Chem 3653 Semester

Electronegativity trend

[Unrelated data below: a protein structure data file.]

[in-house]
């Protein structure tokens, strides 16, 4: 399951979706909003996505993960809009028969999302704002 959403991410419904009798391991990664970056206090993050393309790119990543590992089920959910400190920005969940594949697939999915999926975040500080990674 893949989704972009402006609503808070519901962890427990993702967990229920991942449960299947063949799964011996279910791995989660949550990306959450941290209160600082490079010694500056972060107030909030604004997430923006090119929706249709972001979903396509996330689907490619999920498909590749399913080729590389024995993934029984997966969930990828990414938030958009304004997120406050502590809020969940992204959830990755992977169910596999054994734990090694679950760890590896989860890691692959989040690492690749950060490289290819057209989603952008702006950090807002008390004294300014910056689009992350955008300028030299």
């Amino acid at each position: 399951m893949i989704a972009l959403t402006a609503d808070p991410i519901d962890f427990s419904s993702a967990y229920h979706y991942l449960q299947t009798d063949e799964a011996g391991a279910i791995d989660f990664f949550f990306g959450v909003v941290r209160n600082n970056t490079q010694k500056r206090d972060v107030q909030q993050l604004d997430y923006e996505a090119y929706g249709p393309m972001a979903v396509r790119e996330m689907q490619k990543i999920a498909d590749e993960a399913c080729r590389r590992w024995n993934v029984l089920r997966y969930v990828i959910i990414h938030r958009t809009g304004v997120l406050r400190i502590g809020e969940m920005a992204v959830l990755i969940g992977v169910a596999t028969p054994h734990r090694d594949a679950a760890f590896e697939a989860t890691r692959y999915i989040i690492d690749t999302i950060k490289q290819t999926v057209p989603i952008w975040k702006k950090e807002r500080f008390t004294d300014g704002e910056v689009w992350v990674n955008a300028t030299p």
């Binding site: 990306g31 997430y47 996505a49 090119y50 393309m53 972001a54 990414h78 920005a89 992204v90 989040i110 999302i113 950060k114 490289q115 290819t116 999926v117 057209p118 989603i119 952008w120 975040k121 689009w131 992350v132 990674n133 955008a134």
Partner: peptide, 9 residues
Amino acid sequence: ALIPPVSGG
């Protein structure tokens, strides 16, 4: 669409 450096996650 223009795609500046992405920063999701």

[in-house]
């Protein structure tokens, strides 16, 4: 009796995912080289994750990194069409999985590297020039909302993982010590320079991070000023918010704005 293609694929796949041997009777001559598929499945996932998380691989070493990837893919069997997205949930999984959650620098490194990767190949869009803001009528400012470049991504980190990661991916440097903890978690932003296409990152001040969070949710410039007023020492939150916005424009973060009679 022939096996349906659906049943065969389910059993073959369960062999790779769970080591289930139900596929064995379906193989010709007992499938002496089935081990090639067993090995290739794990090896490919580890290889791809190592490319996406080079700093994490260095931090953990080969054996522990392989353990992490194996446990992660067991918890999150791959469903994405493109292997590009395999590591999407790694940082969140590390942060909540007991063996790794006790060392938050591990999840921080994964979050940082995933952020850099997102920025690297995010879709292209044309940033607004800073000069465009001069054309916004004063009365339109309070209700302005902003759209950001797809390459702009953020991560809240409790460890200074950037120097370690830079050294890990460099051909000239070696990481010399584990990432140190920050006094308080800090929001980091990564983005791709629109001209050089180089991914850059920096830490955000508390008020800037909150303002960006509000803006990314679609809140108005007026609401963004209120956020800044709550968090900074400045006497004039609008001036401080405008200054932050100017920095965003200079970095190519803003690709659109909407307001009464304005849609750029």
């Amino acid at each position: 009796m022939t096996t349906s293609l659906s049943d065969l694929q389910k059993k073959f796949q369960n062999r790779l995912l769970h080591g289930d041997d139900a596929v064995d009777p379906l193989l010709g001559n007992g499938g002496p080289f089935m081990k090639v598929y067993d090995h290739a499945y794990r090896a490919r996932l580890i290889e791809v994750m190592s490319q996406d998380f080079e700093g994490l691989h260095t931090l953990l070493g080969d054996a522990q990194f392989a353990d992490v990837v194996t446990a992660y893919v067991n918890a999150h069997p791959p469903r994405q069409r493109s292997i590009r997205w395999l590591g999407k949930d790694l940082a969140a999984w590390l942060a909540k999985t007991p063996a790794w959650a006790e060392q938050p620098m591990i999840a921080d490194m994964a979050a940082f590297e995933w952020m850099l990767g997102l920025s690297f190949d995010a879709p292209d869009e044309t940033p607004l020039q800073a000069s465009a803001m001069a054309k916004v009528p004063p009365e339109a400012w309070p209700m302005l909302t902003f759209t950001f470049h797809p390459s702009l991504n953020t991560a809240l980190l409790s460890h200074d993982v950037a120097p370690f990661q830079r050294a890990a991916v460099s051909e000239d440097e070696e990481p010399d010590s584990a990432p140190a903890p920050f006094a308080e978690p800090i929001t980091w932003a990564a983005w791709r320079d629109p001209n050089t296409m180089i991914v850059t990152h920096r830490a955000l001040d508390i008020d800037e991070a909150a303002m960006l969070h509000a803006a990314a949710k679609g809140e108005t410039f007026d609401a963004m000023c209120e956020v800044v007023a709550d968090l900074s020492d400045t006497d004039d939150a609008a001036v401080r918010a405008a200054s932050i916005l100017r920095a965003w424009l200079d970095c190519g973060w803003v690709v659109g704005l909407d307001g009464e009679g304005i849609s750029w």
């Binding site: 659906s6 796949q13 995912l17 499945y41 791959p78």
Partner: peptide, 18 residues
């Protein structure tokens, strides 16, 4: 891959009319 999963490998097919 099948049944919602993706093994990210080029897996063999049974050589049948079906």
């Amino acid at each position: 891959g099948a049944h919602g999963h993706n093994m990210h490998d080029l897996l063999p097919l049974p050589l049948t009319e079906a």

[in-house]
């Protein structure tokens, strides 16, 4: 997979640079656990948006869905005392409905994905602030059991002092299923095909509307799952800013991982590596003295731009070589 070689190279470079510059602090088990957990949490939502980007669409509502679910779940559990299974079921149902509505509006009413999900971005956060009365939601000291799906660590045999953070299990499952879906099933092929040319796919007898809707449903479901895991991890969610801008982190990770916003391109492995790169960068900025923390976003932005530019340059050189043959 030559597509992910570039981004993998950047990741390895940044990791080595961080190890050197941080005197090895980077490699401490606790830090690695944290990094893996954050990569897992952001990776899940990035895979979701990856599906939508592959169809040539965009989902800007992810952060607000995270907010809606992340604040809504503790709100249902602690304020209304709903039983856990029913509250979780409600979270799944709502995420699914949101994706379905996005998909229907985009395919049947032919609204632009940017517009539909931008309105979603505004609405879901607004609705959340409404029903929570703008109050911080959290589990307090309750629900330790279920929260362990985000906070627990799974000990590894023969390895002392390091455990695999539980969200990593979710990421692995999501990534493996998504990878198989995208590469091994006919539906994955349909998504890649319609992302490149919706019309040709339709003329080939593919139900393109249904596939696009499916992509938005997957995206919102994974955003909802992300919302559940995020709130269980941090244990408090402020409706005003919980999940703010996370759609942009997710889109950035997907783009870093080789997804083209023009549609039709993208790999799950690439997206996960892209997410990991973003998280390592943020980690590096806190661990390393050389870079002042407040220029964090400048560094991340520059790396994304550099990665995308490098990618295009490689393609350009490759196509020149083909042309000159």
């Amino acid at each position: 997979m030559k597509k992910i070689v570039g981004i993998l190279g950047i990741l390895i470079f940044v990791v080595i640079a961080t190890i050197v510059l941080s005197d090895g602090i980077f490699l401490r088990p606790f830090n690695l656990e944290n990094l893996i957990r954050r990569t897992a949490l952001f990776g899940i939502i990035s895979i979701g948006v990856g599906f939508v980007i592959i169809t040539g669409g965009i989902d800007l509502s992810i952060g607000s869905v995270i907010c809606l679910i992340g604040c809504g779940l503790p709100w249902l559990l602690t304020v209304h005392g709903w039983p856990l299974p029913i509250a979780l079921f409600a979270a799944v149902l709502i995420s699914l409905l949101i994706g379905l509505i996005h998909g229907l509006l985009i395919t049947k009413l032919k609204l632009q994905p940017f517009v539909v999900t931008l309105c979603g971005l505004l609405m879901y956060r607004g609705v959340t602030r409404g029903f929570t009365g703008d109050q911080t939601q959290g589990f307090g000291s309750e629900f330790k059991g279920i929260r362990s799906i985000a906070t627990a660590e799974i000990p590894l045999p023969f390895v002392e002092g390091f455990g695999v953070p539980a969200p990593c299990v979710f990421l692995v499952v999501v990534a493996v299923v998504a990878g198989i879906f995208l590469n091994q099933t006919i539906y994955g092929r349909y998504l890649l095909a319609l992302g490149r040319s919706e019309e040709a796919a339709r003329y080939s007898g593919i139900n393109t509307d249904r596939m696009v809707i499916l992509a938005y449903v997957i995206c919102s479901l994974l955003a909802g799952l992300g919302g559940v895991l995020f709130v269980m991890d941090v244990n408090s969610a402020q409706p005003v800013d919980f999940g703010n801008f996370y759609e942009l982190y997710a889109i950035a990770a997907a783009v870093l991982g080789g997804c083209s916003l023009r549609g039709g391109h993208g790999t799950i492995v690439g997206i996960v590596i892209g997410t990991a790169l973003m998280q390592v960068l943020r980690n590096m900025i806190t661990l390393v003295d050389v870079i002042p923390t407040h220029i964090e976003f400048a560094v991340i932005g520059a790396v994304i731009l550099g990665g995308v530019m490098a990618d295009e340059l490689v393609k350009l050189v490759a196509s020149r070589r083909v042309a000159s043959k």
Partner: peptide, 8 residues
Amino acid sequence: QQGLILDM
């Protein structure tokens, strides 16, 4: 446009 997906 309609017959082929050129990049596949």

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non-spontaneousPositive delta GKeq greater than 1Favors productsKeq less than 1Favors reactantsgain of electronsReductionloss of electronsOxidationExperiment that modeled Earth's primordial atmosphere in the lab and produced amino acids. (i.e. organic matter from Earth's primordial conditions)Miller experimentA component of nucleic acids, energy-carrying molecules such as ATP, and certain coenzymes. Chemically, it is a purine base.Adenineadds adenine nucleotides to the 3' endpolyA polymeraseBacteria and ArchaeaProkaryotesanimals, plants, fungi, protistsEukaryotesWhat is the difference between nucleotides and nucleosides?Nucleotides have a phosphate group.clockwise rotationR configurationcounterclockwise rotationS configurationsimplest aldose the reference compound for the D, L systemGlyceraldehyde10^-10 measurementAngstromVolume of a sphere4/3πr³Surface area of a sphere4πr²Volume of a cubeV=s³Strongest type of bondcovalent bondbetween oppositely charged side chains in the interior of a protein also stabilize protein structurecharge-charge interactionsattractions between oppositely charged regions of polar moleculesdipole-dipole interactionsAre noncovalent interactions reversible?YesThe exclusion of nonpolar molecules by polar molecules, which drives biological processes such as the formation of cell membranes and the folding of proteins. Nonpolar molecules aggregate togetherhydrophobic effectA molecule having both hydrophobic (nonpolar) and hydrophilic (polar) regionsamphiphilic moleculesa two-layered arrangement of phosphate and lipid molecules that form a cell membrane, the hydrophobic lipid ends facing inward and the hydrophilic phosphate ends facing outward.phospholipid bilayerPhysiological ph7.35-7.45Henderson-Hasselbalch equationpH = pKa + log [A-]/[HA]graph showing how the pH of a solution changes as acidic and basic solutions are added togethertitration curvediscovered nucleic acids from bandaid pusFriedrich Mieschergenetic material could be transferred between dead bacteria and living bacteria, experiment done with miceGriffith's experimentProved that DNA is the hereditary material -without it, death occursAvery, MacLeod, McCartyconfirmed that DNA is the genetic material because only radiolabeled DNA could be found in bacteriophage-infected bacteriaHershey-Chase ExperimentDeveloped the double helix model of DNA.Watson and CrickWoman who generated x-ray images of DNA and provided Watson and Crick with key data about DNARosalind Franklin2 strands of DNA, held together throughout their length by hydrogen bonds between bases on opposite strands. A-T G-CWatson-Crick pairingDifference between ribose and deoxyriboseribose has a 2'-OH group and deoxyribose has a 2'-Ha nucleoside; a combination of ribose and adenine; serves as a neuromodulator in the brainAdenosineWhich form predominates between Keto and Enol?KetoAlanine, Ala, AGlycine, Gly, GIsoleucine, Ile, ILeucine, Leu, LProline, Pro, PValine, Val, VPhenylalanine, Phe, FTryptophan, Trp, WTyrosine, Tyr, YAspartic acid, Asp, DGlutamic acid, Glu, EArginine, Arg, RHistidine, His, HLysine, Lys, KSerine, Ser, SThreonineCysteine, Cys, CMethionine, Met, MGlutamine, Gln, QAsparagine, Asn, Nelectromagnetic radiation absorption for nucleic acids~ 260 nmWhat gets deaminated into uracil?CytosineMethod of DNA replication in which parental strands separate, act as templates, and produce molecules of DNA with one parental DNA strand and one new DNA strandSemiconservative replicationWhy is DNA better than RNA?more stable and is able to store genetic material DNA has no 2' OH so it is not prone to hydrolysis like RNA istype of RNA that carries instructions from DNA in the nucleus to the ribosomemRNAtype of RNA that makes up part of the ribosomerRNAtype of RNA that carries amino acids to the ribosometRNAEnzyme involved in DNA replication that joins individual nucleotides to produce a DNA moleculeDNA polymeraseEnzyme that links together the growing chain of RNA nucleotides during transcription using a DNA strand as a templateRNA polymeraseWhat direction are strands to be assumed?5' to 3'The DNA strand that provides the template for ordering the sequence of nucleotides in an mRNA transcript.template strandthe strand of DNA that is not used for transcription and is identical in sequence to mRNA, except it contains uracil instead of thyminecoding strandThe existence of multiple genes in the genome of an organism that perform the same function. Multiple codons can code for the same amino acidgene redundancyStop codonsUAA, UAG, UGAStart codonAUGdirection DNA is synthesized5' to 3'Charge of CathodeNegativeCharge of AnodePositiveThe order of nucleotides from DNA sequencing forms a strand that is in what direction and what strand is it?It is a 5' to 3' coding strand because it is complementary to the templateenzyme that cuts DNA at a sequence of nucleotidesrestriction enzymesA method of producing thousands of copies of DNA segment using the enzyme DNA polymerase Temperature adjusting higher and lower repeatedly -Kary Mullispolymerase chain reaction (PCR)a targeted and specific change in a genesite-directed mutagenesisWhy is hydrolysis an exergonic reaction?Because although energy is invested to break the bond, the bonds formed give off more energy.Average weight of amino acids110 amuStrong chemical side bonds formed when the sulfur atoms in two adjacent protein chains are joined together.disulfide bondssequence of amino acidsprimary structureEither an alpha helix or beta pleated sheet.secondary structureIrregular contortions of a protein molecule due to interactions of side chains involved in hydrophobic interactions, ionic bonds, hydrogen bonds, and disulfide bridges.tertiary structureThe overall protein structure that results from the aggregation of two or more polypeptide subunits.quarternary structure1-Fluoro-2,4-dinitrobenzene is a chemical that reacts with the N-terminal amino acid of polypeptidesSanger's reagentWhere does trypsin cleave?at the carboxyl end of arginine and lysineWhere does chymotrypsin cleave?at the carboxyl end of phenylalanine, tryptophan, and tyrosineWhere does carboxypeptidase cleave?Cleaves all at carboxy terminusWhere does aminopeptidase cleave?Cleaves all at amino terminusWhere does cyanogen bromide cleave?carboxyl side of methionine residuesAmino acids at the amino terminusWhere does edman degradation cleave?N-CphiC-CpsiHow many residues per turn?3.6 residues per turnIndicator of relatedness, as species diverge, so do DNA sequences.DNA resolutionA method of determining molecular structure that uses the relative position of carbons and hydrogens determined by the relative shielding and spins of electrons observed when a molecule is exposed to a magnetic fieldNMR spectroscopyside chain of histidine aromatic ring with two nitrogens pka of side chain is 6 - so at a physiological pH the side chain is neutral amide then will be protonated at a higher pHImidazolerelies on porous beads; larger molecules elute first because they are not trapped in small poressize exclusion chromatography-stationary phase is made of either negatively or positively charged beads (attract & bind compounds that have opposite charge) -salt is added to elute proteins stuck to columnion exchange chromatographycodon specifies biochemically similar amino acidconservative mutationchemical properties of mutant amino acid are different from original amino acidnonconservative mutationAn oxygen-storing, pigmented protein in muscle cells.Myoglobiniron-containing protein in red blood cells that carries oxygen for delivery to cellsHemoglobinone of four polypeptide chains in the quaternary structure of hemoglobinheme groupThe product of a reaction that is formed favorably at a higher temperature because thermal energy is available to form the transition state of the more stable product.thermodynamic productThe product of a reaction that is formed favorably at a lower temperature because thermal energy is not available to form the transition state required to create a more stable thermodynamic product.kinetic productdiamagneticparamagneticDoes a paramagnetic magnetic orbital have low spin or high spin?High spin Deoxy HbDoes a diamagnetic magnetic orbital have low spin or high spin?Low spin Oxy HbLess affinitive curve shiftCurve shifts to the rightMore affinitive curve shiftCurve shifts to the lefta decrease in the amount of oxygen associated with hemoglobin and other respiratory compounds in response to a lowered blood pH resulting from an increased concentration of carbon dioxide in the blood.Bohr effectCompound that lowers hemoglobin's affinity to oxygen, thereby freeing up oxygen for use by tissues2,3-bisphosphoglycerateFetal hemoglobin is (more or less affinitive) to oxygen?moreWhat protein structure is conserved in hemoglobin?TertiaryWhat amino acid mutation results in sickle cell anemiaGlutamate into ValineWhich side of the polymer binds things faster?(+) sideMicrotubules are made oftubulinMicrofilaments are made ofActinoften abbreviated as Gly-X-Y, where X is often Pro and Y is often HypCollagenWhy does Collagen have high tensile strength?Strength of collagen is provided by tight packing of collagen molecules into bundles via hydrophobic interactions between moleculesThe contractile protein that makes up the thick filaments of muscle fibersMyosintheory that actin filaments slide toward each other during muscle contraction, while the myosin filaments are stillSliding filament theoryRole of calcium in muscle contractionsThe muscle contraction cycle is triggered by calcium ions binding to the protein complex troponin, causes tropomyosin to move, exposing the active-binding sites on the actin.motor proteins in anterograde transportKinesinmotor proteins in retrograde transportDyneinturnover number (molecules catalyzed per second in optimal conditions) Vmax / [E]Kcatconverts pyruvate to acetyl-CoApyruvate dehydrogenaseenzyme only bonds to one substrate due to shape of active siteenzyme specificityA nonprotein molecule or ion that is required for the proper functioning of an enzyme. Inorganic.cofactorIf the cofactor is an organic molecule.CoenzymeA non-protein, but organic, molecule (such as vitamin) that is covalently bound to an enzyme as part of the active site.prosthetic groupthe reduced form of NAD+; an electron-carrying molecule that functions in cellular respirationNADHA molecule that stores energy for harvest by the electron transport chain.FADH2An enzyme that catalyzes a chemical reaction during which one or more hydrogen atoms are removed from a molecule. Molecule gets oxidized as a result.DehydrogenaseHow does a catalyst work?By lowering the Activation Energy of a reactiona molecule other than water plays the role of a proton donor or acceptorgeneral acid-base catalysisthe active site contains a nucleophile that is briefly covalently modifiedcovalent catalysismetal ion in the active site participates in catalysismetal ion catalysisHow does pH affect enzyme activity?The most favorable pH value is known as the optimum pH. Extremely high or low pH values generally result in complete loss of activity for most enzymes. Middle ground.enzyme that catalyzes the reaction between carbon dioxide and water to form carbonic acidcarbonic anhydraseWhat two types of catalysis does Chymotrypsin use?General acid-base catalysis & Covalent catalysisIs Lock and key fit or Induced fit better?Induced fit It allows better binding and catalytic effectshydrogen may choose which atom to bond with. advantages- greater stability of active site (enzyme-enzyme) Shorter and stronger than normal H bondsLow barrier hydrogen bondsHow are entropy and enthalpy affected by an enzyme binding to a substrate?The substrate is put in a place where the most energy can be taken from it. (decrease entropy) The energy released makes reactions favorable and makes up for the lack of entropy in the system. (increase enthalpy)How do Subtilisin and (Chymotrypsin, Trypsin, and elastase) compare?Different overall structures Similar active sitesProcess by which unrelated organisms independently evolve similarities when adapting to similar environmentsconvergent evolutionwhen two or more species sharing a common ancestor become more different over timedivergent evolutionHow is chymotrypsin activated?Trypsin cleaves a bond between an Arginine and Isoleucine. Two peptides resultWhat is the clotting cascade?1)Platelet finds exposed collagen 2)Platelets to adhere to each other (platelet plug) 3)Collected platelets and damaged tissue both released thromboplastin 4) Thromboplastin and calcium and vit.K converts inactive prothrombin to its active form thrombin 5) Thrombin converts fibrinogen into fibrin 6) fibrin threads coat damaged area and trap blood cells to form clotHow are clots dissolved?Plasminogen turns into plasmin Plasmin dissolves clotsRole of vitamin K in carboxylation?Uses vitamin K epoxidation to convert Glu to carboxylated GlaRole of calcium in coagulationClotting also requires: calcium ions Ca2+ which is why blood banks use a chelating agent to bind the calcium in donated blood so the blood will not clot in the bag.Reaction rate measured over a period of time during which the substrate concentration has not decreased enough to affect the rate.Initial reaction velocityv = (vmax [S])/(Km + [S])Michaelis-Menten equationSubstrate concentration at 1/2 VmaxKmWhat is the lineweaver burk plot-double reciprocal of michaelis menten -x int: is -1/Km -y int: 1/vmaxinhibitor bonds noncovalently to the active site and prevents substrate from bindingreversible inhibitionactive site is made unavailable for prolonged period of time or enzyme is permanently alteredirreversible inhibitionsubstance that resembles the normal substrate competes with the substrate for the active site Raises Kmcompetitive inhibitioninhibitor binds only to enzyme-substrate complex locks substrate in enzyme preventing its release (increasing affinity b/w enzyme and substrate so it lowers Km) Lower Km and Vmaxuncompetitive inhibitionIn noncompetitive inhibition, the inhibitor binds with the enzyme at a site other than the active site and inactivates the enzyme by altering its shape. Lowers Vmaxnoncompetitive inhibitionA method of metabolic control in which the end product of a metabolic pathway acts as an inhibitor of an enzyme within that inhibitionDoes Phosphoenolpyruvate (PEP) inhibit or increase enzyme activity?Phosphoenolpyruvate (PEP) inhibitsKinase vs Phosphatase?Kinase- adds phosphate Phosphatase- removes phosphateA fatty acid in which all carbons in the hydrocarbon tail are connected by single bonds, thus maximizing the number of hydrogen atoms that can attach to the carbon skeleton.saturated fatty acidA fatty acid possessing one or more double bonds between the carbons in the hydrocarbon tail. Such bonding reduces the number of hydrogen atoms attached to the carbon skeleton.unsaturated fatty acidButyric acidCaproic acidCapryllic acidLauric acidMyristic acidPalmitic acidStearic acidArachidic acidMyristoleic acidPalmitoleic acidOleic acidLinoleic acida-linoleic acidArachidonic acidthree fatty acids linked to one glycerol moleculetriaglycerolEthanolamineCholineGlycerolGlycerophospholipidSphingolipidlipids characterized by a carbon skeleton consisting of four fused ringsSteroidsA steroid that forms an essential component of animal cell membranes and acts as a precursor molecule for the synthesis of other biologically important steroids, such as many hormones.Cholersterol-at low temperatures, cholesterol interferes with the crystal structure of the cell membrane and occupies space between phospholipid molecules → increases fluidity -at high temperatures, it restricts excessive movement of phospholipids → decreases fluiditycholesterol and membrane fluidityCholesterol is the metabolic precursor to what hormones?Cortisol Aldosterone Testosterone B-EstradiolWhat plant is a good source of vitamin A?carrotsRetinolVitamin ATocopherolVitamin EThe heads of the phospholipid are hydrophilic and will want to be by the water, the tails are hydrophobic and want to be away from the waterphosphlipid bilayerslow shift of a polar head to the other side of the bilayerTransverse diffusion (flip-flop)rapid, side to side shift of polar headsLateral diffusion of lipidsA protein embedded in the lipid bilayer of a cell. These are typicallly cell surface receptors, channels, or pumps.Integral membrane proteinproteins associated with but not embedded within the plasma membraneperipheral membrane proteinsProteins that have been covalently modified by the addition of one or more lipid groups.Lipid-linked proteinsdoes not use a transporter proteinnonmediated transporttransport of molecules across a membrane utilizing transmembrane proteinsmediated transportWhat characteristics do molecules that go through the membrane via passive diffusion have?Small and nonpolarThe diffusion gradient of an ion, which is affected by both the concentration difference of an ion across a membrane (a chemical force) and the ion's tendency to move relative to the membrane potential (an electrical force).electrochemical gradientA transport protein in the plasma membrane of a plant or animal cell that specifically facilitates the diffusion of water across the membraneAquaporinsWhat transport channel does GLUT 1 have?Uniporta substance which initiates a physiological response when combined with a receptor.agonisttype of receptor ligand or drug that blocks or dampens a biological response by binding to and blocking a receptor rather than activating itantagonistmembrane receptors that attach phosphates to tyrosinesreceptor tyrosine kinasesA signal receptor protein in the plasma membrane that responds to the binding of a signaling molecule by activating a G protein. Also called a G protein-linked receptor.G-protein coupled receptorsA series of chemical reactions in which a single hormone has the cascade effect which triggers the production or activation of up to a billion enzymesEnzyme amplifcationReceptor activation that triggers a feedback to shut of the receptor or kick off signal.Enzyme desensitizationalso known as the "7TM receptor"G protein coupled receptorWhat are the alternative names for epinephrine and norepinephrine?Epinephrine- adrenaline Norepinephrine- noradrenalineconverts ATP to cAMPadenylate cyclaseWhat is protein kinase A (PKA)?family of enzymes whose activity is dependent on cellular levels of cyclic AMP (cAMPWhat is the effect of cAMP on PKA?activated by the binding of cyclic AMP (cAMP), which causes it to undergo a conformational change. PKA then goes on to phosphoylate other proteins in a phosphorylation cascade.What is PKA regulated by?Phosphorylationthe process by which one molecule of the tyrosine kinase receptor dimer phosphorylates its partnerautophosphorylationRas is activated when GTP is bound activates map kinase activates AP1Ras pathwayAre lipid hormones polar or nonpolar?Nonpolar